Ultimate Butterscotch Cake

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This Butterscotch Cake is a moist, from-scratch brown sugar cake topped with butterscotch buttercream made with melted butterscotch chips! The cake is covered in more butterscotch chips and totally to die for!

Ultimate Butterscotch CakeWhole Butterscotch Cake

I have been wanting to share a butterscotch cake for so long, it’s hard to remember when I even made the first version. All I know is that it was several years ago. I wasn’t having the success I wanted with a moist cake that was full of butterscotch flavor, so I held off. Fast forward to now. I went back to the butterscotch cake drawing board and this cake was born! I started with my newest Moist Vanilla Cake and adjusted things from there.

I have several versions of vanilla cake on this site, but my newest one is a favorite for a few reasons. First, I love the texture of it – so soft and more fluffy than some of the others. Another reason is the simplicity of the ingredients and the use of whole eggs, rather than egg whites. It makes it a pretty simple butter-based cake from scratch and I love it!

How to make Butterscotch Cake

For this butterscotch cake, I swapped out the regular white sugar for brown sugar. Brown sugar is what you’re going to find in butterscotch sauce, so it’s what you’ll find in this cake as well. It gives the flavor here and helps make a nice, moist cake.

The other addition is some butterscotch pudding mix, added as just the powder. You could totally leave it out and still enjoy the flavor of this cake, but there’s no doubt that the pudding mix adds some totally awesome flavor! It’s not over-the-top butterscotch flavor, but it’s that warm butterscotch-y flavor that is so wonderful. And when it’s paired with the butterscotch frosting, it’s like taking a bite of heaven!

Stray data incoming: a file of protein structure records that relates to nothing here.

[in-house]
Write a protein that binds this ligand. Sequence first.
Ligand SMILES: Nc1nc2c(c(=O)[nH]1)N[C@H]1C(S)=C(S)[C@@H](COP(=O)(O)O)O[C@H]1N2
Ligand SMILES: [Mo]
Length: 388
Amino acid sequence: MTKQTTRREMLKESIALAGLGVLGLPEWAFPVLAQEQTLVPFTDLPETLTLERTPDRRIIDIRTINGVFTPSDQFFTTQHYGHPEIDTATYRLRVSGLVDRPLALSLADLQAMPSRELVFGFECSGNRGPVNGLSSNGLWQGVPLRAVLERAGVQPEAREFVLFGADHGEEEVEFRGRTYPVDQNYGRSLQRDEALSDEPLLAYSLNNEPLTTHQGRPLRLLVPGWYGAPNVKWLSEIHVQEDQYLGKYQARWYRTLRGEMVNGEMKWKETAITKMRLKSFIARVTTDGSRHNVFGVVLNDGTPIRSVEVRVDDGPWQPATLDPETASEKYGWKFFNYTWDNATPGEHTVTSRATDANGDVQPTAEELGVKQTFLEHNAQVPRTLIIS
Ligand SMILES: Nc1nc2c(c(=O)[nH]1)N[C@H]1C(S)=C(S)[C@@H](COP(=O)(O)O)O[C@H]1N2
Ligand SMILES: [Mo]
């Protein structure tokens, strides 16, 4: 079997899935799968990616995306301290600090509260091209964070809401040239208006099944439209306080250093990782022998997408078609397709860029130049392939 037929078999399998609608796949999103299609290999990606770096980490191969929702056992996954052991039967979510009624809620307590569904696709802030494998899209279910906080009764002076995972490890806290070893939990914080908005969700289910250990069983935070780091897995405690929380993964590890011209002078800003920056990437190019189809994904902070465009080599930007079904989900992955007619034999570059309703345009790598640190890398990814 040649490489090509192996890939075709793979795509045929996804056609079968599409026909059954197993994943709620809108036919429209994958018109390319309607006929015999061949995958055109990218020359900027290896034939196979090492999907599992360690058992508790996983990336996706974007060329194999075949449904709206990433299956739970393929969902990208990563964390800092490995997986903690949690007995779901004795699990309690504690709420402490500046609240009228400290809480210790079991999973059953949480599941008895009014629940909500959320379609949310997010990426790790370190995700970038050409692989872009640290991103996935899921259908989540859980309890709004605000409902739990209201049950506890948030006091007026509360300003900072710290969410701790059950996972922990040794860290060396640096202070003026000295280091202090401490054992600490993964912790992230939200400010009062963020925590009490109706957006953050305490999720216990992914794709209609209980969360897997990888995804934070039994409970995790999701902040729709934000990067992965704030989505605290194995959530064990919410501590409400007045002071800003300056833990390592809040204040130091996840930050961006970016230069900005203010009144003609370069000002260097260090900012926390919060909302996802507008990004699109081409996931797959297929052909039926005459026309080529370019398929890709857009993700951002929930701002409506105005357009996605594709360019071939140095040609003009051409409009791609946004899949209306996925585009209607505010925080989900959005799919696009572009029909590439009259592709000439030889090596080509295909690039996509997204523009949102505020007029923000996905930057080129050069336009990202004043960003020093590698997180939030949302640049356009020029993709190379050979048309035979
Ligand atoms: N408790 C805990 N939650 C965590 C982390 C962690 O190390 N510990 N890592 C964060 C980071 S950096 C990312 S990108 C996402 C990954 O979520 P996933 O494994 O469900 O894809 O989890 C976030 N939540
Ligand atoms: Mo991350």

Best Butterscotch Cake sliceBest Butterscotch Cake recipe

Speaking of the butterscotch frosting, this is WHERE IT’S AT! Oh em gee. This frosting. I died. So, so good. You seriously won’t want to stop eating it. It’s a classic buttercream made with butter, powdered sugar and some cream or milk, but it’s got the addition of melted butterscotch chips. An entire bag of melted butterscotch chips. 🙂 Oh yes.

When the cake layers and the frosting are made – if you’ve managed to not devour everything already – it’s time to put the cake together. Layer it all together, frost it and then immediately press more butterscotch chips into the sides of the cake. If you wait, the buttercream will form a light crust on the outside and the butterscotch chips won’t stick to the sides anymore. I’d suggest having another full bag (or 2) handy. You probably won’t use them all, but it’d be so sad to run out of them. Not only does the cake look so fun with them all pressed into the sides, they are SO YUMMY! Can you tell I love me some butterscotch?